Please use this identifier to cite or link to this item: https://hdl.handle.net/11681/22545
Title: Ecological investigation of a greentree reservoir in the Delta National Forest, Mississippi
Authors: Newling, Charles J.
Keywords: Forests and forestry
Ecological succession
Floods
Reservoirs
Delta National Forest (Miss.)
Publisher: Environmental Laboratory (U.S.)
Series/Report no.: Miscellaneous Paper;EL-81-5
Abstract: Abstract: A greentree reservoir under continuous dormant season flooding for 18 years was compared with an adjacent reference area to determine the effects of this type of flooding management on the plant community, soils, and bird populations of the area. Continuous greentree management over 18 years appeared to cause a predictable shift to more water-tolerant plant communities in the woody and herbaceous understory strata of the greentree reservoir. Because the design of the greentree reservoir resulted in slower drainage of water ponded on the reservoir by rain or backwater flooding during the growing season, neither dormant season flooding, growing season flooding, nor the interaction of both was identified as the sole cause of the community shift. Soils were very similar on both sites. Winter flooding of the greentree reservoir made it more attractive than the reference area to common grackles (Quiscalus quiscula) and highly attractive to waterfowl, but less attractive to the white-throated sparrow (Zonotrichia albicollis), a ground dweller. For other bird species, however, greentree reservoir management appeared to have very little effect on species richness or mean population sizes.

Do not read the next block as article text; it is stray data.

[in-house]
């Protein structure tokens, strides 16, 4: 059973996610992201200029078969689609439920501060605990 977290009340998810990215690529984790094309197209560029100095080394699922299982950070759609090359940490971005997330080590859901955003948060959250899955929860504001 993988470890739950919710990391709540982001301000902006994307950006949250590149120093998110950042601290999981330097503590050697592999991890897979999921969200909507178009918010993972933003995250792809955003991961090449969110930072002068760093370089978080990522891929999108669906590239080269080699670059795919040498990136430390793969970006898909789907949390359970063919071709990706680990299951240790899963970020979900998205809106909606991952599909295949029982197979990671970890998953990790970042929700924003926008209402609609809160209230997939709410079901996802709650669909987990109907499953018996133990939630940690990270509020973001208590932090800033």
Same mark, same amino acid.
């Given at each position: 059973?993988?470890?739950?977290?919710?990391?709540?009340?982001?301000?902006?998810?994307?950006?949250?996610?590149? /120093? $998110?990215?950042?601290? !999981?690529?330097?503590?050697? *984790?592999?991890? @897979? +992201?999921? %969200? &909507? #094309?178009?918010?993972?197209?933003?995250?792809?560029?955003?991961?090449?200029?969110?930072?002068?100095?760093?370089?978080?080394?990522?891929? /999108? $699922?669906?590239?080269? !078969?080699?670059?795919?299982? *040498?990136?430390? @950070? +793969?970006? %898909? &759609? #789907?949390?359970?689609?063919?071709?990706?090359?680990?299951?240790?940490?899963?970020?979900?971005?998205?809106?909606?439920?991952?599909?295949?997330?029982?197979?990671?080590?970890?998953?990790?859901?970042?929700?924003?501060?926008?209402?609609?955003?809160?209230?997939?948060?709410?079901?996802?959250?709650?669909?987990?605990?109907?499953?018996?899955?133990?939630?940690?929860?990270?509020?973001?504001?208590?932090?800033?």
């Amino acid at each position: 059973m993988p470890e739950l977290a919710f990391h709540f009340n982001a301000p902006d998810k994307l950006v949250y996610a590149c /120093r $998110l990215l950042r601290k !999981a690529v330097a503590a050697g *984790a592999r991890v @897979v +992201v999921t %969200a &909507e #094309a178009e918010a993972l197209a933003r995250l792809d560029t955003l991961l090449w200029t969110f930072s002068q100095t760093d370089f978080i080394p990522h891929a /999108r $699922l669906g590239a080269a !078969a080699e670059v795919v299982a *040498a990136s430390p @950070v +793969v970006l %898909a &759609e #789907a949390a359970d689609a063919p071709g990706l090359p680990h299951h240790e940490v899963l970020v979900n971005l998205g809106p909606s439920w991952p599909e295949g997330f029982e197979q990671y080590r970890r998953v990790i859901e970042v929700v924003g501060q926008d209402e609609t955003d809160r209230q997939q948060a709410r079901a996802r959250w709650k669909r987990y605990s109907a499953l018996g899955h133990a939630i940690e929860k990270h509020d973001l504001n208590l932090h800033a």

URI: http://hdl.handle.net/11681/22545
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